Roger Montgomery (1925–2003) was an American architect, and Professor at Washington University in St. Louis.
Early life and education
Roger Montgomery was born in New York City to parents Graham Livingston Montgomery and Anne Cook and lived in Greenwich Village until 1930, when he moved to Port Washington, Long Island. In 1945 he was accepted into the army, where he served in an intelligence unit in occupied Germany as a radio operator.
He attended a John Dewey-influenced grade school in Port Washington. In high school he was voted ‘Most Likely to Succeed’ and ‘The Great Orator’. He was excused from military service in 1941 because of a punctured eardrum and subsequently enrolled in Oberlin College, but was dismissed from the college in 1945. Montgomery began his architectural work in 1948 as an apprentice in Springfield, Ohio and was soon successful, in part because of a shortage of architects and large post-war boom in construction. From 1955 to 1956 he attended the Harvard Graduate School of Design where he received a Masters of Architecture degree under professors Josep Lluís Sert and Sigfried Giedion, while studying with classmates Fumihiko Maki and Ben Weese.
- 1957: Began position as professor of architecture at Washington University in St. Louis. Also named founding Director (1957–1963) of the Landmarks Association of St. Louis, one of the nation's first building and neighborhood preservation groups.
- 1960: Started the architectural practice of Schnebli, Anselevicius, and Montgomery (SAM) that designed the Washington University Law School Building in 1972. Founded the Urban Design Program at Washington University with Fumihiko Maki
- 1961: Worked for the Kennedy Administration as the first Urban Design Officer in the Federal Housing and Home Finance Agency (later HUD).
- 1964: Named founding Director of Washington University's Urban Renewal Design Center and planned and designed ‘Towne South’, a community outside of St. Louis
- 1965: Named founding Director of the Urban Housing Foundation, Inc. (1965–1967).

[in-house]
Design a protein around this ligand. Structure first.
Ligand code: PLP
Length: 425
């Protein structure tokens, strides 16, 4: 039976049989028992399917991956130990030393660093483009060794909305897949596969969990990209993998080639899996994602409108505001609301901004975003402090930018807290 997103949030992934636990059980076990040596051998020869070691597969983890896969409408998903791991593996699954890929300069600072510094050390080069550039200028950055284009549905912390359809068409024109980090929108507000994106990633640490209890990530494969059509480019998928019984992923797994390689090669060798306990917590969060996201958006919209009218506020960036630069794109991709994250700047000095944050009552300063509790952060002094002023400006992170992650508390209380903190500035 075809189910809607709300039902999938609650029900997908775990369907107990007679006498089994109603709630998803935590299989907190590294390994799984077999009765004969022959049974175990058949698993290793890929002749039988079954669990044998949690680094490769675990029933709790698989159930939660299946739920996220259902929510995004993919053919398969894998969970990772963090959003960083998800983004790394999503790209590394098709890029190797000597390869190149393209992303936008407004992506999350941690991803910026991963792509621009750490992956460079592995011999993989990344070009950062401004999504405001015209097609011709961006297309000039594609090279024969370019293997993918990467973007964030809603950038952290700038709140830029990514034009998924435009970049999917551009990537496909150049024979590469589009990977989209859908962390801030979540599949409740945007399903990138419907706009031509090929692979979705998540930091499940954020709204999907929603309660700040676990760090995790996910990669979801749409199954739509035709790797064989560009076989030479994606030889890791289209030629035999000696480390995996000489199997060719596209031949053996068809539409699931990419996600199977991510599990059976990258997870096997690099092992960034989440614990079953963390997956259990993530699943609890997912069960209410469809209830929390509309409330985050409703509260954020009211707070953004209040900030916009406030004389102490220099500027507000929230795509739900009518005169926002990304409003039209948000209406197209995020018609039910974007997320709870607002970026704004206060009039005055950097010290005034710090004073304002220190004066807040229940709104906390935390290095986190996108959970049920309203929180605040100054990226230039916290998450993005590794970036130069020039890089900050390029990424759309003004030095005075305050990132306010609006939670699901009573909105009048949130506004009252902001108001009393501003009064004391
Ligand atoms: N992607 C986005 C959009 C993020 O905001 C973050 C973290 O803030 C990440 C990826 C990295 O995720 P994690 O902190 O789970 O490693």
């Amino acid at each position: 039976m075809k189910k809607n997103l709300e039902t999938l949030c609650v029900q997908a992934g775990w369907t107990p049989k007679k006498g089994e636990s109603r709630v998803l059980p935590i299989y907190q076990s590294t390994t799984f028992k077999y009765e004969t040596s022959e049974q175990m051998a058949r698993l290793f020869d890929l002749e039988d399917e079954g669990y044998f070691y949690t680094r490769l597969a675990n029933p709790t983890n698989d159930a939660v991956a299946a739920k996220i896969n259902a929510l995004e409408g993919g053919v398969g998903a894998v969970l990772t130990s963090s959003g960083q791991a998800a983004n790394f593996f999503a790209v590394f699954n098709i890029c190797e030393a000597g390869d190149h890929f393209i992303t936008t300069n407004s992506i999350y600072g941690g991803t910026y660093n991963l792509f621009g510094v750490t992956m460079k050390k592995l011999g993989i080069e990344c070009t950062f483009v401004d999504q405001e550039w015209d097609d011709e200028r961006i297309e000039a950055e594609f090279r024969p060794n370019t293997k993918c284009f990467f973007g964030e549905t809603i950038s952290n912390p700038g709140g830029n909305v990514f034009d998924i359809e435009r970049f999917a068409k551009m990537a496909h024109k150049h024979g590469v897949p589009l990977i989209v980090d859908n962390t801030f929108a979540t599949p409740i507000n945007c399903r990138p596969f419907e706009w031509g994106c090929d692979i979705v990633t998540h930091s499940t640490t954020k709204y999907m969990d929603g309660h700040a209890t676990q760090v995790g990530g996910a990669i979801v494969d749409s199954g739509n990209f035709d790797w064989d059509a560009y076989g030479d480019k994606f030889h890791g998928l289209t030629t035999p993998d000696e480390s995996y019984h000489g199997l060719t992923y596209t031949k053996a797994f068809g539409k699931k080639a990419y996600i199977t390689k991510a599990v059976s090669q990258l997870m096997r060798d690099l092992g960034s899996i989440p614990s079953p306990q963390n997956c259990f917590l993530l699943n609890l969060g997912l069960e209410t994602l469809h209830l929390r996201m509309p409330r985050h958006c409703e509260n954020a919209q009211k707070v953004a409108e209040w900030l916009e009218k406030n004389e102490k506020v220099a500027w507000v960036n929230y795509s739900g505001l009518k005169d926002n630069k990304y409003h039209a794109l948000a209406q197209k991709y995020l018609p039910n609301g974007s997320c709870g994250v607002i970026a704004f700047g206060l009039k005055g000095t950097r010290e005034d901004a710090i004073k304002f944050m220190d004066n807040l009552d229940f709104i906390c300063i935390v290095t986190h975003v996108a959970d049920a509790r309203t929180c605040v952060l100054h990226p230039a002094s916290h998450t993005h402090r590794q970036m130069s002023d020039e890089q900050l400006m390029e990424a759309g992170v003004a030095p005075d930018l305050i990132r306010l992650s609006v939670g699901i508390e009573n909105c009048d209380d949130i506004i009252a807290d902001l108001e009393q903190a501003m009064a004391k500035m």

- 1967: Hired as professor with joint appointment in both the departments of City & Regional Planning, and of Architecture, at the University of California, Berkeley.
- 1968: Named a juror from the Progressive Architecture P/A Design Awards.
- 1967-72: Served as west coast editor for Architecture Forum magazine.
- 1973: Published Housing in America (co-authored with Daniel Mandelker), a survey of housing economics, race, and land use issues. Also published A Guide to Architecture in San Francisco and Northern California (co-authored with David Gebhard and Sally Woodbridge).
- 1977: Published a guide to the architecture and vernacular buildings of Washington State, titled A guide to architecture in Washington State: an environmental perspective.
- 1980s: During this period Montgomery served as President of the California Council of Architectural Education, and the National Board of Architects, Designers and Planners for Social Responsibility. Additionally, he served on boards for a number of voluntary organizations related to the design professions including Planners for Equal Opportunity, Planners Network and Northern California Non-Profit Housing Coalition. In the Bay Area, Montgomery advised City and County boards in Berkeley, Alameda County, Santa Clara and San Francisco. Montgomery was also named Associate Dean for Undergraduate Affairs and later Acting Dean.
- May 1, 1989: Named Dean of the College of Environmental Design, University of California, Berkeley, a position he holds until January 1996. During 1989, Montgomery was named to the Board of Trustees of the Berkeley Art Museum, a position he holds until 2002.
- "Master of Urban Design, Sam Fox School". Washington University. Retrieved 2011-05-07.
- "Architecture Forum Summary History.". Retrieved 2010-09-15.
- "A guide to architecture in Washington State: an environmental perspective.". ISBNdb. Retrieved 2010-09-15.
Mongomery married Oberlin College graduate Mary Hoyt. They had four sons, Richard, Thomas, John and Peter.
He died of cancer on October 25, 2003.